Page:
On Thursday, at the Washington Examiner, Byron York concentrated on Obama's clear antipathy towards business as described in David Maraniss's recent book about President Obama (Barack Obama: The Story) relating to Dear Leader's brief stint at a company called Business International.
Though that's obviously a critical point to make during the 2012 campaign, a more foundational one is that this mindset, as well as most of Obama's stream of "embellishments" (most people would call them "lies") about his time at BI, were known or knowable well before the Illinois senator decided to run for president in early 2007 -- even the one that has the folks at Michelle Malkin's Twitchy.com all atwitter, namely that Obama didn't, as he claimed, have a secretary.
As I noted in September 2008 (at NewsBusters; at BizzyBlog; HT to Sweetness & Light), "Denko" at the Analyze This blog, who asserts that he worked at BI when Obama was there and claimed that "I’m a fan of Barack Obama," wrote that what Obama did at BI "bears only a loose resemblance to what he wrote in his book."
The post by "Denko," whom Sweetness & Light identified as Dan Armstrong, is dated July 9, 2005. I don't recall anyone in the establishment press questioning this aspect of Obama's past, which is of course consistent with perhaps the most comprehensive and deliberate non-vetting of a major party presidential candidate in American history.
Here's the comparison of Obama's book-based descriptions of his work and time at BI to "Denko's" remembrances I worked up in 2008 (bolds and italicized comments have been added in this post):
Eventually a consulting house to multinational corporations agreed to hire me as a research assistant.
(Per Analyze This)
First, it wasn’t a consulting house; it was a small company that published newsletters on international business. Like most newsletter publishers, it was a bit of a sweatshop. I’m sure we all wished that we were high-priced consultants to multinational corporations.
As far as I could tell I was the only black man in the company, a source of shame for me but a source of considerable pride for the company’s secretarial pool.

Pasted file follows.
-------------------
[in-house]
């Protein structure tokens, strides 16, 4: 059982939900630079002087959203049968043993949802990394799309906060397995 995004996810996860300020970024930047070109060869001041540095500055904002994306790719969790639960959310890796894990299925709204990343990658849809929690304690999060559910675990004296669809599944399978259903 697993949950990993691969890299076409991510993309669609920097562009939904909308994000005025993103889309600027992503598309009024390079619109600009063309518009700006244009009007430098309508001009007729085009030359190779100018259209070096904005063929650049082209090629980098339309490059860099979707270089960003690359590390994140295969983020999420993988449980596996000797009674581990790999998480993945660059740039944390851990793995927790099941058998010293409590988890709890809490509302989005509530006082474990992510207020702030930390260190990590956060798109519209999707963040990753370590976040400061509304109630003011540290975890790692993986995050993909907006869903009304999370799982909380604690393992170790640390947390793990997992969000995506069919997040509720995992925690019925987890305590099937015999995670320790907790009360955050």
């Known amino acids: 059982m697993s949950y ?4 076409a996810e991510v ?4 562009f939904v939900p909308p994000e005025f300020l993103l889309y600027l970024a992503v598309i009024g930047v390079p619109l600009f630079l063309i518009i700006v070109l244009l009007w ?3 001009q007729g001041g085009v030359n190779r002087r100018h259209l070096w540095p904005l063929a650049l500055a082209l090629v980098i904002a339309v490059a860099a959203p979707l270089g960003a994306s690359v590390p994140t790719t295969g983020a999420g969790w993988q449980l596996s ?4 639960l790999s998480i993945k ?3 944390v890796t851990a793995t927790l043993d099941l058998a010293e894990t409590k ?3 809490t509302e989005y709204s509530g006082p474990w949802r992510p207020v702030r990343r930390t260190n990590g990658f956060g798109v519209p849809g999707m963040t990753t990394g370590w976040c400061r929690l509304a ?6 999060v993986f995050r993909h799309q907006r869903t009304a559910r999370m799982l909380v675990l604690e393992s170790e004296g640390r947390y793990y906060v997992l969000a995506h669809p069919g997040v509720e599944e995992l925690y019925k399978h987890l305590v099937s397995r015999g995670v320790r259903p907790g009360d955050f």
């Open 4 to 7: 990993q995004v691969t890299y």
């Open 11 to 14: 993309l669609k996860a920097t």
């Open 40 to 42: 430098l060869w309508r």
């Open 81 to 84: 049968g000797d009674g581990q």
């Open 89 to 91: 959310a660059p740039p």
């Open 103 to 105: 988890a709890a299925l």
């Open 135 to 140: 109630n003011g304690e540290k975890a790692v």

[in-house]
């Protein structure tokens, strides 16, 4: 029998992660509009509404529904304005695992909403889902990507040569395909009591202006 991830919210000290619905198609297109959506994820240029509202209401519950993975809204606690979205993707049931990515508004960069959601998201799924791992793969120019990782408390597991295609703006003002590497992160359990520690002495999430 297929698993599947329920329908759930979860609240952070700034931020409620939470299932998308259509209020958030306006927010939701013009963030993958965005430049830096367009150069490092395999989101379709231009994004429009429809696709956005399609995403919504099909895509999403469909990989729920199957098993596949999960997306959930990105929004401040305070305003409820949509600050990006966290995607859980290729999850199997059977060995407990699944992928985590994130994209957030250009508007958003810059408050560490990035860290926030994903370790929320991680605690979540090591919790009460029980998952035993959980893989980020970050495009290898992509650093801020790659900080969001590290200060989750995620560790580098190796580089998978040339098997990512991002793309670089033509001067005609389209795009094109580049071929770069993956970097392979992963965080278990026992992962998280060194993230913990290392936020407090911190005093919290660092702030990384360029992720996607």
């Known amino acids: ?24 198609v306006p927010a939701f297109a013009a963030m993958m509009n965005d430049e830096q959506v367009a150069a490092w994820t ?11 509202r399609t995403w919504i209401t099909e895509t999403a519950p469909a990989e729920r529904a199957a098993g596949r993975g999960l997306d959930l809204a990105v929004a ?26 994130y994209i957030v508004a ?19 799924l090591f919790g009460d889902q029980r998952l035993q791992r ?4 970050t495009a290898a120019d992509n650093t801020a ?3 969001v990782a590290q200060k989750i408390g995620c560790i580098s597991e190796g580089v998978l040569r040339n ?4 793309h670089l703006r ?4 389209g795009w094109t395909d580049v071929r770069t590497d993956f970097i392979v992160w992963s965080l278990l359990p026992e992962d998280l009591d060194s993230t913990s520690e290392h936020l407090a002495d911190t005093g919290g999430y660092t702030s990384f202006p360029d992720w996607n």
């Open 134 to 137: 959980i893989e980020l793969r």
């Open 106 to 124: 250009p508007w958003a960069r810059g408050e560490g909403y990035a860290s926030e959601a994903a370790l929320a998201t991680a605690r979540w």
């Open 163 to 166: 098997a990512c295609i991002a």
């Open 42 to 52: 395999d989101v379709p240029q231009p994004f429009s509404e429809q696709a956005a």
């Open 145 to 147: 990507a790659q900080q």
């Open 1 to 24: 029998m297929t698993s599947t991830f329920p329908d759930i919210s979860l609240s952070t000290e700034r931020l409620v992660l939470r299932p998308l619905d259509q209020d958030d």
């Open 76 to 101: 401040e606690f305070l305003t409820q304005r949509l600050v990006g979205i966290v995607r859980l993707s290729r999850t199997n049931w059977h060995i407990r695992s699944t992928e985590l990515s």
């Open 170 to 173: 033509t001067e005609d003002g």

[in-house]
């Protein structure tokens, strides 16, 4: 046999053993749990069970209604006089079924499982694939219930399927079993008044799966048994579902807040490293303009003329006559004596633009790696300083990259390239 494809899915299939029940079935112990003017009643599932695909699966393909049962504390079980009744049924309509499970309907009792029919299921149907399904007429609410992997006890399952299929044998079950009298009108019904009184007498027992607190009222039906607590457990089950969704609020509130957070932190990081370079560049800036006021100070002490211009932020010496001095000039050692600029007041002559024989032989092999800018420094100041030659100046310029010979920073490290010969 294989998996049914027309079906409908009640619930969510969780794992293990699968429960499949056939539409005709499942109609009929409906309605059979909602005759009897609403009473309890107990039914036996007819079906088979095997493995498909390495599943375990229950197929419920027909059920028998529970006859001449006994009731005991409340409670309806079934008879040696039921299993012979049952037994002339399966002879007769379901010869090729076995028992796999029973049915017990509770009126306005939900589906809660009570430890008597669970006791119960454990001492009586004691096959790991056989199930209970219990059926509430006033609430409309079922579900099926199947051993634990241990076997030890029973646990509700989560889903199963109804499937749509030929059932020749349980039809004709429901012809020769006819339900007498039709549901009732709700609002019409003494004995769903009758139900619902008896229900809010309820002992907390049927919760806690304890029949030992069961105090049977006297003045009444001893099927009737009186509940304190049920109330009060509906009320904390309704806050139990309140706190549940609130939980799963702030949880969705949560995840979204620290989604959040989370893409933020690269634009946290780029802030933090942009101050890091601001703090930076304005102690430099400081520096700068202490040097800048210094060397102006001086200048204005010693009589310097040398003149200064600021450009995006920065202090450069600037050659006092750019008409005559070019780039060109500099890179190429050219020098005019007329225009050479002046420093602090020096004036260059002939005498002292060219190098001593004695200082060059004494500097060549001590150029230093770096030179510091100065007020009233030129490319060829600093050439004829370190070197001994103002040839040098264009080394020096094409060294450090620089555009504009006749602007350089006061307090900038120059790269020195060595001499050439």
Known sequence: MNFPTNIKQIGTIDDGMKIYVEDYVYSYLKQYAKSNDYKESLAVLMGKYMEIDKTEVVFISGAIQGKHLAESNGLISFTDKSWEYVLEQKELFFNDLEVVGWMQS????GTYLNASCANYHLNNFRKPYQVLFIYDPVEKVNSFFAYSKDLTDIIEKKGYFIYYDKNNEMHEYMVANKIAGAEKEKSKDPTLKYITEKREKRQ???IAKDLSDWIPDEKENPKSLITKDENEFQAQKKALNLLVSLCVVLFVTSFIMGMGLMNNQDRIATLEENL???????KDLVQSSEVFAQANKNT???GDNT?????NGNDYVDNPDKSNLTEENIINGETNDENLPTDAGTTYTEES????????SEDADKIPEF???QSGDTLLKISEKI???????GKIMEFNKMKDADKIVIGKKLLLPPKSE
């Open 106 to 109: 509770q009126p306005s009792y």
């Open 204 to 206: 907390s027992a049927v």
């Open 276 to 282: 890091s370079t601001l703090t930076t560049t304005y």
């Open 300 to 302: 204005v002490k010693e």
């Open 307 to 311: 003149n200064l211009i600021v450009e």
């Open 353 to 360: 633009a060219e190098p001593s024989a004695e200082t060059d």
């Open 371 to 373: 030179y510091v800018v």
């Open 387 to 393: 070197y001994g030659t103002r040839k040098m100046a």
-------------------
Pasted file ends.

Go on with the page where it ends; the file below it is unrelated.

(Per Analyze This)
It’s also not true that Barack was the only black man in the company. He was the only black professional man. (2012 comment: Given the job description, "professional man" also might be seen as a stretch -- Ed.) Fred was an African-American who worked in the mailroom with his son. My boss and I used to join them on Friday afternoons to drink beer behind the stacks of office supplies. That’s not the kind of thing that Barack would do. Like I said, he was somewhat aloof.
The company promoted me to the position of financial writer. I had my own office, my own secretary; money in the bank. Sometimes, coming out of an interview with Japanese financiers or German bond traders, I would catch my reflection in the elevator doors .....
(Per Analyze This)
If Barack was promoted, his new job responsibilities were more of the same - rewriting other people’s copy. As far as I know, he always had a small office, and the idea that he had a secretary is laughable. Only the company president had a secretary. Barack never left the office, never wore a tie, and had neither reason nor opportunity to interview Japanese financiers or German bond traders. (2012 comment: Daily informal or casual dress in the mid-1980s was often if not usually a sign that the person involved was not in a position considered "professional.")
The last excerpted paragraph from Armstrong's post I used in 2008 which I originally did not include, because I believe that he has since revised the post now reads (bold is mine):
Barack was not promoted. Instead, he did the same thing that I did in my first job out of college: Volunteered for more interesting work (writing articles) than the work he was hired to do (copyediting a reference service). As far as I know, he always had a small office, and the only secretary in the company worked for Norman, the president. Barack never left the office, never wore a tie, and had neither reason nor opportunity to interview Japanese financiers or German bond traders.
A commenter at Armstrong's post who claims to have also worked at BI says that Obama "interviewing someone for an article, and it may have been a German banker." That hardly fills in all the holes.
If discovered by a subsequent employer, this kind of documented embellishment (i.e., serial fibbing) would ordinarily lead to the subject employee's termination. Instead, the narrative, as well as the rest of his fabrications, got Barack Obama elected President.
Is this a great country or what? (/dripping sarcasm)
Cross-posted at BizzyBlog.com.